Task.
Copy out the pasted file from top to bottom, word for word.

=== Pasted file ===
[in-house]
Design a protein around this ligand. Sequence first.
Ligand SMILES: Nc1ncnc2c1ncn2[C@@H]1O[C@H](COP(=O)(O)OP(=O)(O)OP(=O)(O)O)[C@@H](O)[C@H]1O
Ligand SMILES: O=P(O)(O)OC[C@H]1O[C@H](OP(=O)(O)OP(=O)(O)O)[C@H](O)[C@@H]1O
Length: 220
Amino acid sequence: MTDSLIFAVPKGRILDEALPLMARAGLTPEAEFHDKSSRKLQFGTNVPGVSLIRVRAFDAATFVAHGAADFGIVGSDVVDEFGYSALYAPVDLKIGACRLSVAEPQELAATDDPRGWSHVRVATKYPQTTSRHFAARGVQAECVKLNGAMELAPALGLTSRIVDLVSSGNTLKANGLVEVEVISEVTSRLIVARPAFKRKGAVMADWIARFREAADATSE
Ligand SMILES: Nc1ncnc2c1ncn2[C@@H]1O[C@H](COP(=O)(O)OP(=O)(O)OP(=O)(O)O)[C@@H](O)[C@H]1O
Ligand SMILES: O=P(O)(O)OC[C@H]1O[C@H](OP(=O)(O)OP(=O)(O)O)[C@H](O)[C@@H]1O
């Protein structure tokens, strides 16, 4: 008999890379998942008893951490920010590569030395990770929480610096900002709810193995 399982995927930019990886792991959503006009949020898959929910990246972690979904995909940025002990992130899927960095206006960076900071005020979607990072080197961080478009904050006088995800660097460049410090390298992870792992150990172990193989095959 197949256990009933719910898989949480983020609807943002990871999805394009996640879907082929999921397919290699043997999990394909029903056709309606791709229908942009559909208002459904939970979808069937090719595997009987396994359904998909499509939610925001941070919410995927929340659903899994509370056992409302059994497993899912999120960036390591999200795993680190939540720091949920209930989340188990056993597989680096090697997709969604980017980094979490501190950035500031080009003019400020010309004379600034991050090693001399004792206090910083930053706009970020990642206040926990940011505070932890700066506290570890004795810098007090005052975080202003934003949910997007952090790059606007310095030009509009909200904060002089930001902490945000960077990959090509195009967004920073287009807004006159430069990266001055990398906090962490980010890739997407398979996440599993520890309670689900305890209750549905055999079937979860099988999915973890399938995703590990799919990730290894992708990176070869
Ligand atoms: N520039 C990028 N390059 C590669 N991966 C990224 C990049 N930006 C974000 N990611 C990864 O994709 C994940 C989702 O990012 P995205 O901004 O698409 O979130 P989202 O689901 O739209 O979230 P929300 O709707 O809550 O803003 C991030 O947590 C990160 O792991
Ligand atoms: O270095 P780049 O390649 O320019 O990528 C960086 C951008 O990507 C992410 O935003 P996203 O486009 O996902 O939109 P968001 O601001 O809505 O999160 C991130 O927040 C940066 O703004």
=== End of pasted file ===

[in-house]
Design a protein around this ligand. Sequence first.
Ligand SMILES: Nc1ncnc2c1ncn2[C@@H]1O[C@H](COP(=O)(O)OP(=O)(O)OP(=O)(O)O)[C@@H](O)[C@H]1O
Ligand SMILES: O=P(O)(O)OC[C@H]1O[C@H](OP(=O)(O)OP(=O)(O)O)[C@H](O)[C@@H]1O
Length: 220
Amino acid sequence: MTDSLIFAVPKGRILDEALPLMARAGLTPEAEFHDKSSRKLQFGTNVPGVSLIRVRAFDAATFVAHGAADFGIVGSDVVDEFGYSALYAPVDLKIGACRLSVAEPQELAATDDPRGWSHVRVATKYPQTTSRHFAARGVQAECVKLNGAMELAPALGLTSRIVDLVSSGNTLKANGLVEVEVISEVTSRLIVARPAFKRKGAVMADWIARFREAADATSE
Ligand SMILES: Nc1ncnc2c1ncn2[C@@H]1O[C@H](COP(=O)(O)OP(=O)(O)OP(=O)(O)O)[C@@H](O)[C@H]1O
Ligand SMILES: O=P(O)(O)OC[C@H]1O[C@H](OP(=O)(O)OP(=O)(O)O)[C@H](O)[C@@H]1O
């Protein structure tokens, strides 16, 4: 008999890379998942008893951490920010590569030395990770929480610096900002709810193995 399982995927930019990886792991959503006009949020898959929910990246972690979904995909940025002990992130899927960095206006960076900071005020979607990072080197961080478009904050006088995800660097460049410090390298992870792992150990172990193989095959 197949256990009933719910898989949480983020609807943002990871999805394009996640879907082929999921397919290699043997999990394909029903056709309606791709229908942009559909208002459904939970979808069937090719595997009987396994359904998909499509939610925001941070919410995927929340659903899994509370056992409302059994497993899912999120960036390591999200795993680190939540720091949920209930989340188990056993597989680096090697997709969604980017980094979490501190950035500031080009003019400020010309004379600034991050090693001399004792206090910083930053706009970020990642206040926990940011505070932890700066506290570890004795810098007090005052975080202003934003949910997007952090790059606007310095030009509009909200904060002089930001902490945000960077990959090509195009967004920073287009807004006159430069990266001055990398906090962490980010890739997407398979996440599993520890309670689900305890209750549905055999079937979860099988999915973890399938995703590990799919990730290894992708990176070869
Ligand atoms: N520039 C990028 N390059 C590669 N991966 C990224 C990049 N930006 C974000 N990611 C990864 O994709 C994940 C989702 O990012 P995205 O901004 O698409 O979130 P989202 O689901 O739209 O979230 P929300 O709707 O809550 O803003 C991030 O947590 C990160 O792991
Ligand atoms: O270095 P780049 O390649 O320019 O990528 C960086 C951008 O990507 C992410 O935003 P996203 O486009 O996902 O939109 P968001 O601001 O809505 O999160 C991130 O927040 C940066 O703004």